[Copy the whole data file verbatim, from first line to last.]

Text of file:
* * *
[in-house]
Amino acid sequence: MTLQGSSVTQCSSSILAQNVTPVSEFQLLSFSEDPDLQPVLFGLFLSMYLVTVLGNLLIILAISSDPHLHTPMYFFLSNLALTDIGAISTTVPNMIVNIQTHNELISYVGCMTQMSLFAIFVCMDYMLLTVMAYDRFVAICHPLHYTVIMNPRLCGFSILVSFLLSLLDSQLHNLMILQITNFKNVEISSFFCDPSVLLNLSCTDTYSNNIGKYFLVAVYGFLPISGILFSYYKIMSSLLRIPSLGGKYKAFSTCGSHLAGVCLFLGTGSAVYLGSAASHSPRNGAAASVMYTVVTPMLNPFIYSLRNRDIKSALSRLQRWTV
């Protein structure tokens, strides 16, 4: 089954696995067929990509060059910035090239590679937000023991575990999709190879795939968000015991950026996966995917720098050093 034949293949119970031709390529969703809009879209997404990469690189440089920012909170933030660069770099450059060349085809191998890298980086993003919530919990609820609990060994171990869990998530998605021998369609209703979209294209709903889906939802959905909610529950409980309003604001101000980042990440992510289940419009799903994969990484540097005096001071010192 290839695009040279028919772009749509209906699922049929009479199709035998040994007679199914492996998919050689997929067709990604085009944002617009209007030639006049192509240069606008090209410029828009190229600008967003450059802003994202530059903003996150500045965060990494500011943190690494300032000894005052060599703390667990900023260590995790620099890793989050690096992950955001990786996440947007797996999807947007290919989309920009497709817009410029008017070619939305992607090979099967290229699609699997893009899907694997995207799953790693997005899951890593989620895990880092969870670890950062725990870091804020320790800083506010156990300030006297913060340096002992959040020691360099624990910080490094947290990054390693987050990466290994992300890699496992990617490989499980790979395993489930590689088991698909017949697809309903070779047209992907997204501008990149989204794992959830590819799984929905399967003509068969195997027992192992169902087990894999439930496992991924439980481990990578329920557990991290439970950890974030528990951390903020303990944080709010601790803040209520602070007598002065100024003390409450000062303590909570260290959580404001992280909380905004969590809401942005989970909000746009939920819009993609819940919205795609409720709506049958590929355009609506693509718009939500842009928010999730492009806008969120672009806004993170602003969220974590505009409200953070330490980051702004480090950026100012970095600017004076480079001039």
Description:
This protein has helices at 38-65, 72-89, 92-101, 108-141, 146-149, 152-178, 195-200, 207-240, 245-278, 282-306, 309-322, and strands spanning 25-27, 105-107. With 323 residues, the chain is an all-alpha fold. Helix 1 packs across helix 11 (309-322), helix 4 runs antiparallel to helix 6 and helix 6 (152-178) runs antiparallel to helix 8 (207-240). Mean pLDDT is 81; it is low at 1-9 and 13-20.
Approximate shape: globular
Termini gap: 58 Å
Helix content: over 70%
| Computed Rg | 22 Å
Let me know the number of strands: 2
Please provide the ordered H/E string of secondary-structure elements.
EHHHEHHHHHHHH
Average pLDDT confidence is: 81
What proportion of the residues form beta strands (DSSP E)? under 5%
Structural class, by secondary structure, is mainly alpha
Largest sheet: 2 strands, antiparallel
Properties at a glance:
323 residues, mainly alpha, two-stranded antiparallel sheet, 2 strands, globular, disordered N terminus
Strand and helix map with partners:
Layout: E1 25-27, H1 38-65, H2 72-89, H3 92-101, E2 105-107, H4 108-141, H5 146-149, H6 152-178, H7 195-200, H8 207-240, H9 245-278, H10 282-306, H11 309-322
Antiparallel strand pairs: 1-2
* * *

[in-house]
Amino acid sequence: MTLQGSSVTQCSSSILAQNVTPVSEFQLLSFSEDPDLQPVLFGLFLSMYLVTVLGNLLIILAISSDPHLHTPMYFFLSNLALTDIGAISTTVPNMIVNIQTHNELISYVGCMTQMSLFAIFVCMDYMLLTVMAYDRFVAICHPLHYTVIMNPRLCGFSILVSFLLSLLDSQLHNLMILQITNFKNVEISSFFCDPSVLLNLSCTDTYSNNIGKYFLVAVYGFLPISGILFSYYKIMSSLLRIPSLGGKYKAFSTCGSHLAGVCLFLGTGSAVYLGSAASHSPRNGAAASVMYTVVTPMLNPFIYSLRNRDIKSALSRLQRWTV
């Protein structure tokens, strides 16, 4: 089954696995067929990509060059910035090239590679937000023991575990999709190879795939968000015991950026996966995917720098050093 034949293949119970031709390529969703809009879209997404990469690189440089920012909170933030660069770099450059060349085809191998890298980086993003919530919990609820609990060994171990869990998530998605021998369609209703979209294209709903889906939802959905909610529950409980309003604001101000980042990440992510289940419009799903994969990484540097005096001071010192 290839695009040279028919772009749509209906699922049929009479199709035998040994007679199914492996998919050689997929067709990604085009944002617009209007030639006049192509240069606008090209410029828009190229600008967003450059802003994202530059903003996150500045965060990494500011943190690494300032000894005052060599703390667990900023260590995790620099890793989050690096992950955001990786996440947007797996999807947007290919989309920009497709817009410029008017070619939305992607090979099967290229699609699997893009899907694997995207799953790693997005899951890593989620895990880092969870670890950062725990870091804020320790800083506010156990300030006297913060340096002992959040020691360099624990910080490094947290990054390693987050990466290994992300890699496992990617490989499980790979395993489930590689088991698909017949697809309903070779047209992907997204501008990149989204794992959830590819799984929905399967003509068969195997027992192992169902087990894999439930496992991924439980481990990578329920557990991290439970950890974030528990951390903020303990944080709010601790803040209520602070007598002065100024003390409450000062303590909570260290959580404001992280909380905004969590809401942005989970909000746009939920819009993609819940919205795609409720709506049958590929355009609506693509718009939500842009928010999730492009806008969120672009806004993170602003969220974590505009409200953070330490980051702004480090950026100012970095600017004076480079001039």
Description:
This protein has helices at 38-65, 72-89, 92-101, 108-141, 146-149, 152-178, 195-200, 207-240, 245-278, 282-306, 309-322, and strands spanning 25-27, 105-107. With 323 residues, the chain is an all-alpha fold. Helix 1 packs across helix 11 (309-322), helix 4 runs antiparallel to helix 6 and helix 6 (152-178) runs antiparallel to helix 8 (207-240). Mean pLDDT is 81; it is low at 1-9 and 13-20.
Approximate shape: globular
Termini gap: 58 Å
Helix content: over 70%
| Computed Rg | 22 Å
Let me know the number of strands: 2
Please provide the ordered H/E string of secondary-structure elements.
EHHHEHHHHHHHH
Average pLDDT confidence is: 81
What proportion of the residues form beta strands (DSSP E)? under 5%
Structural class, by secondary structure, is mainly alpha
Largest sheet: 2 strands, antiparallel
Properties at a glance:
323 residues, mainly alpha, two-stranded antiparallel sheet, 2 strands, globular, disordered N terminus
Strand and helix map with partners:
Layout: E1 25-27, H1 38-65, H2 72-89, H3 92-101, E2 105-107, H4 108-141, H5 146-149, H6 152-178, H7 195-200, H8 207-240, H9 245-278, H10 282-306, H11 309-322
Antiparallel strand pairs: 1-2